Going to the market during Ramazan is just stressful. The market is always packed, everyone grabs and pushes, and the bread and produce are sad and abused. A couple weeks ago I stood around for ages politely going 'Excuse me,' then finally giving up and shouting it at the butcher counter because the three workers were all too busy yelling at each other. Mahmut had decided he wanted to leave early because he was hungry, and the two women who would have had to pick up his slack weren't happy about it. They were hungry too and the argument had degenerated into name-calling before one of them huffed over to hack at the meat I wanted. And getting to the market on foot is harrying enough because drivers can't be bothered to stop or slow down for pedestrians-- they're in much too bad a mood-- and a terrible thing about LE's stroller is I'm forced to push it out in front of me. A few times I just couldn't deal with the market so I sent BE instead, who came back cursing and muttering 'Animals! Cannibals!' and 'I didn't get any spinach because they killed it.'

I used to teach at a very conservative university, and teaching during Ramazan was extra difficult. My job was mostly about keeping the students awake and getting them to stop griping about how hungry they were. Sometimes they grumbled at me that I was going to hell because I wasn't fulfilling my duty to God, though usually some of their classmates would come and apologise to me on their behalf, looking crestfallen because they knew I wasn't Muslim and so wouldn't be joining them in heaven. During Ramazan, out of respect, I refrained from drinking my usual coffee while teaching, but I usually started sneaking sips of water after the first week because my voice couldn't hold up from shouting over their whining and increased inattention for four hours.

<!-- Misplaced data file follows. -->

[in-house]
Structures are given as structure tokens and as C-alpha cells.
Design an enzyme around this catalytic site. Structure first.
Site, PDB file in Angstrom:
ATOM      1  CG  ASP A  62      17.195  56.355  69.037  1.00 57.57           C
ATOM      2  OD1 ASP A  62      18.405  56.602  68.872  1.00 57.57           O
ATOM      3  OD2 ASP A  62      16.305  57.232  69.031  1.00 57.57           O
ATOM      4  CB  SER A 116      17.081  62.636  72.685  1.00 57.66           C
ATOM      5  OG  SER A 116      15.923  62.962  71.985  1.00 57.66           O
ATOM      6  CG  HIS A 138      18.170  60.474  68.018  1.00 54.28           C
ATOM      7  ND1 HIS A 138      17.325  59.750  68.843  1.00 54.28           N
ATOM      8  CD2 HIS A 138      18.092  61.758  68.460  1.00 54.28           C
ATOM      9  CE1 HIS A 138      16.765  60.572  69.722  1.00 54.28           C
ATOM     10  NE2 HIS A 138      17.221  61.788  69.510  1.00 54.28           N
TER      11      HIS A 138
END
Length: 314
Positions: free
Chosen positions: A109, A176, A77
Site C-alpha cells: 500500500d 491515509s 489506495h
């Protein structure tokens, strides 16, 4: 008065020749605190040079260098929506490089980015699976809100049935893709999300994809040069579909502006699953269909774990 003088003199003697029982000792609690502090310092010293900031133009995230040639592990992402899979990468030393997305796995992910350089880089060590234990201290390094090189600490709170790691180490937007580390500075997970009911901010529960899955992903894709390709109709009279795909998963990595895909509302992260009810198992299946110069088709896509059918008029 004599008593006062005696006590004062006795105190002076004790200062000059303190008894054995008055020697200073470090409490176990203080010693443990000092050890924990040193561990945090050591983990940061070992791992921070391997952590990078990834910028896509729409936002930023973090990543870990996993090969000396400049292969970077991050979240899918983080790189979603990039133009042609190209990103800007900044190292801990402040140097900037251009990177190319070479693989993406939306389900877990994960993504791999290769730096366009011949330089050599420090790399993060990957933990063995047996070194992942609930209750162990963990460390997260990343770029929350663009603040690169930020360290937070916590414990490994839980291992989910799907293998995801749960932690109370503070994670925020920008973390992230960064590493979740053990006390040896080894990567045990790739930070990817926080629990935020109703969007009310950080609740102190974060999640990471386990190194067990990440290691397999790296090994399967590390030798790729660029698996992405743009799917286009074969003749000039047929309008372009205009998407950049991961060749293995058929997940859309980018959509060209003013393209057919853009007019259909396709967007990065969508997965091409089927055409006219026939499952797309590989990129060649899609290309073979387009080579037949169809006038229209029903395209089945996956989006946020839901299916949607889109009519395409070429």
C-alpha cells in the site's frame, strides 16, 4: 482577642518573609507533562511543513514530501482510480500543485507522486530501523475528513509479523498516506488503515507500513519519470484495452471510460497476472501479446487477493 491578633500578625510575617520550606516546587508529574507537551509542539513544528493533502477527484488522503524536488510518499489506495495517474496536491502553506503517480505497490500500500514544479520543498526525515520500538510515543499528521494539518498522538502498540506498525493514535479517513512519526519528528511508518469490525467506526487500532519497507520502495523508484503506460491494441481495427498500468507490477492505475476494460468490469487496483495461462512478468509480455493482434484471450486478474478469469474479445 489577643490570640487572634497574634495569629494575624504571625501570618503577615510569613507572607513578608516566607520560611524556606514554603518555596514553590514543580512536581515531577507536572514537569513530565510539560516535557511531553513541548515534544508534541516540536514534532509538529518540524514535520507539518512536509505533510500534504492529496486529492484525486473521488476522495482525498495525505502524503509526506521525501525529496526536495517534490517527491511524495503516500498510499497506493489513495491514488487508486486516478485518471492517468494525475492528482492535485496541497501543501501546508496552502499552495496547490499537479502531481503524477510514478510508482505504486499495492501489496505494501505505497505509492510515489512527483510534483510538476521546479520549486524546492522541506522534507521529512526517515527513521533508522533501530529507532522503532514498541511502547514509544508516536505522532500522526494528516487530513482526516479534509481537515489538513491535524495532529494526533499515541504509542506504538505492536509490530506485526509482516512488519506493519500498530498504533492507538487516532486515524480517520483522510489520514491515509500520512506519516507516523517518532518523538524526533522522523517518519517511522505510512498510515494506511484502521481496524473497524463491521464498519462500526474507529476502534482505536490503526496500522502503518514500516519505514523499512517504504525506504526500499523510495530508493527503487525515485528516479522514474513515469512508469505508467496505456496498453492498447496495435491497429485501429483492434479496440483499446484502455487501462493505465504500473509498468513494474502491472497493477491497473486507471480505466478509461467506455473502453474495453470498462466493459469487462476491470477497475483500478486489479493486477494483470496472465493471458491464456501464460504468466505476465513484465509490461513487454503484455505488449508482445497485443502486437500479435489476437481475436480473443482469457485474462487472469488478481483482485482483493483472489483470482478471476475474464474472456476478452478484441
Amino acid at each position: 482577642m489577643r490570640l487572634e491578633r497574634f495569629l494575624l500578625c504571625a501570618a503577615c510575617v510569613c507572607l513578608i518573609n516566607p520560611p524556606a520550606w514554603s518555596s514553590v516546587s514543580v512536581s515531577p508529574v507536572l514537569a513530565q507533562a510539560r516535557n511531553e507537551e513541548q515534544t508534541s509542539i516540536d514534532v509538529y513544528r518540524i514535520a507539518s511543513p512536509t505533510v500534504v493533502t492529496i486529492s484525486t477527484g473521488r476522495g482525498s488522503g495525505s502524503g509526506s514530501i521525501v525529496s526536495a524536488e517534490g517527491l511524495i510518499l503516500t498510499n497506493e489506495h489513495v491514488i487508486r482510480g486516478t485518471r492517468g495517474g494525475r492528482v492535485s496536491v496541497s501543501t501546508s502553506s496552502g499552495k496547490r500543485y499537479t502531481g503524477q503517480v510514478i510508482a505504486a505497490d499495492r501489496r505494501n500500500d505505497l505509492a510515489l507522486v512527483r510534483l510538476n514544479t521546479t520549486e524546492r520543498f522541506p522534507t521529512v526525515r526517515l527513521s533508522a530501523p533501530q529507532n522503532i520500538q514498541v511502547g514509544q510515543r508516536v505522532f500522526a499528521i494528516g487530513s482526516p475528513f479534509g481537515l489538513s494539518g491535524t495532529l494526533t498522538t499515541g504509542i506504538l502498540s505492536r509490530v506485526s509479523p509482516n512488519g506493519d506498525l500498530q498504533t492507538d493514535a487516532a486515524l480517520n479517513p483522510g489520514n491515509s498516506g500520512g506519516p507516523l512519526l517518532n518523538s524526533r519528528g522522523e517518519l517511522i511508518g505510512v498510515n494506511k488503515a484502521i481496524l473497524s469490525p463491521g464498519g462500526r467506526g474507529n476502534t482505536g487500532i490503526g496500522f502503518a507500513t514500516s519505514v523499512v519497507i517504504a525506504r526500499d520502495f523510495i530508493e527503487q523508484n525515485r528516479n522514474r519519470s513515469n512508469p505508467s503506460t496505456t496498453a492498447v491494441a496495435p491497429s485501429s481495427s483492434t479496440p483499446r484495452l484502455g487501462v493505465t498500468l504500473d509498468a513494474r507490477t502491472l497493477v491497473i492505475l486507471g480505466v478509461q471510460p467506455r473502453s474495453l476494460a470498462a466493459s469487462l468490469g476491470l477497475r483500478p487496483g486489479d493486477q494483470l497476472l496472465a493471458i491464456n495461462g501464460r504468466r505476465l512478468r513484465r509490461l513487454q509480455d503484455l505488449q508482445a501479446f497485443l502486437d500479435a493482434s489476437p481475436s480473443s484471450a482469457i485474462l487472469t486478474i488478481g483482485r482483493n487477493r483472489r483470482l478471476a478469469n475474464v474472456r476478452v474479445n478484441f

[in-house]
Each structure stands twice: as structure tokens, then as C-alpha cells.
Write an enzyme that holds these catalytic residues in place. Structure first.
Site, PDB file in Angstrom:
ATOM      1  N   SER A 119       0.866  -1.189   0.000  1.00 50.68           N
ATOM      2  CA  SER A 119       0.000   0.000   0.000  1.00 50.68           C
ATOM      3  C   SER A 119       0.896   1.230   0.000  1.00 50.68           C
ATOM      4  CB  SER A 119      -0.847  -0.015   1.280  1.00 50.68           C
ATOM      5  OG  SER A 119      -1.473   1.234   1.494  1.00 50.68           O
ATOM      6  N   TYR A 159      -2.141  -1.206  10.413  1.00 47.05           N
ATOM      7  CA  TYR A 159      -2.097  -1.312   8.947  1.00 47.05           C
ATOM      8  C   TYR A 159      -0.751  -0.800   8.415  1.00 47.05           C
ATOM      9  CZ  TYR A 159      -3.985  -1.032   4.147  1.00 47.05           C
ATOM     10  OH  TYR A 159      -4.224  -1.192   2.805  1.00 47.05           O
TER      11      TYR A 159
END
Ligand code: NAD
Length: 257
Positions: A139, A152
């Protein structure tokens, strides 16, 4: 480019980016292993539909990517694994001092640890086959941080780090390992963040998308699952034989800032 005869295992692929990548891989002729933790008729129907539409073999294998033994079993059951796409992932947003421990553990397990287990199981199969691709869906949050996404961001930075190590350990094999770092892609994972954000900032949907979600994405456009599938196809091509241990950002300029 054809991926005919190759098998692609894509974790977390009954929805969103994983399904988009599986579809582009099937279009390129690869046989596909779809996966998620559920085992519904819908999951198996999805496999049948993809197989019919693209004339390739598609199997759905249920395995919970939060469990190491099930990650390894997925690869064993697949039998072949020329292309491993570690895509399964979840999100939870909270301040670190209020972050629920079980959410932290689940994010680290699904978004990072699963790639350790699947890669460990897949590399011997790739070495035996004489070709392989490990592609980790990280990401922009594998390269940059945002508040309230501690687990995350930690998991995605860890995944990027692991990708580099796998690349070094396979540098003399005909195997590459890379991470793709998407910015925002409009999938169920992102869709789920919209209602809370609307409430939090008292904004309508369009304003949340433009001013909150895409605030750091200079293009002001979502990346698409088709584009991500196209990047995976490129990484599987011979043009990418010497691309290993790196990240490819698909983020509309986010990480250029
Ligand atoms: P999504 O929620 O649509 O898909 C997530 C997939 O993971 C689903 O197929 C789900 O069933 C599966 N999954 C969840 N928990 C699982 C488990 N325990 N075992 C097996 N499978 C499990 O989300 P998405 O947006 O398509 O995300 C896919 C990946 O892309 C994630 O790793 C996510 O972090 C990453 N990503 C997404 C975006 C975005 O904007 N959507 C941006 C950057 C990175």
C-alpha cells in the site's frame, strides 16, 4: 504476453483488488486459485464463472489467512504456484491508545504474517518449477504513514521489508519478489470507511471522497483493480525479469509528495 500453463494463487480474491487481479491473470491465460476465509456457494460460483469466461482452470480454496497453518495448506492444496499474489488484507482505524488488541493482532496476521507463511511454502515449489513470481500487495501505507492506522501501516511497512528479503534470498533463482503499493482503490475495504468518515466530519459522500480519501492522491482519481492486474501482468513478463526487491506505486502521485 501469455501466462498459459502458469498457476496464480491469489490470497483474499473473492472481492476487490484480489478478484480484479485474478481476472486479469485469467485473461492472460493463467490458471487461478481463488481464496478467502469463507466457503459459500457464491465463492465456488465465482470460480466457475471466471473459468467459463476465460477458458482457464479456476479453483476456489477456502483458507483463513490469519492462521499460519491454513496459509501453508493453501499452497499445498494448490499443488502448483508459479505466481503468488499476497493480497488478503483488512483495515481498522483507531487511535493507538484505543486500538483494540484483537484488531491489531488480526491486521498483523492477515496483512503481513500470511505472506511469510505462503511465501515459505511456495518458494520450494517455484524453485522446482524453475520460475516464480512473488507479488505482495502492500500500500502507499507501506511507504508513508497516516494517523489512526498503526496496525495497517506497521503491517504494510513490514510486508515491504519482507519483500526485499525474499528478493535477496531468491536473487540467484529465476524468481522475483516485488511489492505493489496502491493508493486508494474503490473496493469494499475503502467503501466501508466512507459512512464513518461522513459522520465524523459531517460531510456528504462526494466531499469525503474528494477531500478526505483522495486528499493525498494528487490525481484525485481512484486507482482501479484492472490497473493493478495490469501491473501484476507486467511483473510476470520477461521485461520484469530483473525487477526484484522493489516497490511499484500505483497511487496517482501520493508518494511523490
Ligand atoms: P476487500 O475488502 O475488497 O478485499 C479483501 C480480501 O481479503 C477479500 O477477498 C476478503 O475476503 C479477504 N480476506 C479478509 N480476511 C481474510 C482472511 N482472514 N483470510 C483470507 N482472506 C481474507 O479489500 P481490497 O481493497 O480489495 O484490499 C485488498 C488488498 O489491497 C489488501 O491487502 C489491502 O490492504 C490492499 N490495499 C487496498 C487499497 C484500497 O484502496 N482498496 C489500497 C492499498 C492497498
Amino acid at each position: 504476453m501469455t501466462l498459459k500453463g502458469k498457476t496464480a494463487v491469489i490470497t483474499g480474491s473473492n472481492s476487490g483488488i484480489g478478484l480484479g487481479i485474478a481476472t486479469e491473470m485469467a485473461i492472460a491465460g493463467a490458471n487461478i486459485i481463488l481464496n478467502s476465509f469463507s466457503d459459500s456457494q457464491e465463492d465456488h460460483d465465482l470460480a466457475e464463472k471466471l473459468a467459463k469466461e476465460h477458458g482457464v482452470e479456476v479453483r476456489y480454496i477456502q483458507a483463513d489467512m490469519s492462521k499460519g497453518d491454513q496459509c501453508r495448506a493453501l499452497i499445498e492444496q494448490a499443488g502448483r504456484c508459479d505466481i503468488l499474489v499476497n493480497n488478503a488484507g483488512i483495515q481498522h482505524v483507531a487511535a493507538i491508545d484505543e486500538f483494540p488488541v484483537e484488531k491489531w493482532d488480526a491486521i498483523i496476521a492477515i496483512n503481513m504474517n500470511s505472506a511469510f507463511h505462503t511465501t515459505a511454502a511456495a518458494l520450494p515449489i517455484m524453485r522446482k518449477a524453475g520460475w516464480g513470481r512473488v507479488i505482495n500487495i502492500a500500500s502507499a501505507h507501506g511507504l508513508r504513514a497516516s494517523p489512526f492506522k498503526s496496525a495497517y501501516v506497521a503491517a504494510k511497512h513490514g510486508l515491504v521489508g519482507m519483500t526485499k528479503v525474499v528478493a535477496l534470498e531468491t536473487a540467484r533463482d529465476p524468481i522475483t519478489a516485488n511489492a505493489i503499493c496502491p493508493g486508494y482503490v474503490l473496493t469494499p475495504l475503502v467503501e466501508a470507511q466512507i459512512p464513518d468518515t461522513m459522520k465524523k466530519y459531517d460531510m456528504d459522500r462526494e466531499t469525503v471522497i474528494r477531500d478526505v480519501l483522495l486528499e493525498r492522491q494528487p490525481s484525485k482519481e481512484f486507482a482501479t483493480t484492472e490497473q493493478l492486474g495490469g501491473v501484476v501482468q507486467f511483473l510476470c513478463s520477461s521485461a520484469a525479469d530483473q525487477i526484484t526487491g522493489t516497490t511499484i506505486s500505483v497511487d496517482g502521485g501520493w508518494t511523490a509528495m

It's not supposed to be this way, that Ramazan is everyone's excuse for turning into an asshole. It's supposed to be about peace and blessedness and thinking about God and those less fortunate. When they feel a pang of hunger, people are supposed to remember the religious significance of why they're doing this. At my old job at the conservative university, my co-workers seemed to understand this. They didn't feel good from the hunger and thirst, yet they all went around with pale faces, smiling and encouraging one another to get through they day. It got a little Bible Camp-y around there during Ramazan, but at least they seemed to get a spiritual benefit from it.

Not so for the average guy on the street. He fasts because he's supposed to, and damn anyone who gets in his way. In Istanbul at least, not everyone fasts. In some places you wouldn't even know it's Ramazan, except for the traffic and maybe your waiter is a little less obsequious. Restaurants and bars stay open, though an increasing number of restaurants won't serve alcohol. Smoking on the street is considered bad form during Ramazan, but people still do it. Many people don't fast at all, while others may just give up drinking or smoking for the month. A lot of young women seem to regard the fast as a way to lose weight.

Don't get me wrong-- this isn't an anti-Muslim rant. I try to respect their practices as best as I can. This is more of a rant about religious hypocrisy. This is more of a rant about selfish idiots. If people fast just because it's time to fast, but with no feeling behind it, then it's really just for show, and it's pointless. If someone wants to run over me because he's hungry, or lean on his horn and scare LE and make him cry just because he had to wait an extra ten seconds for us to cross the street and he was in a bad mood, then his fast is meaningless because all he's doing is making himself miserable so his neighbors will think more highly of him.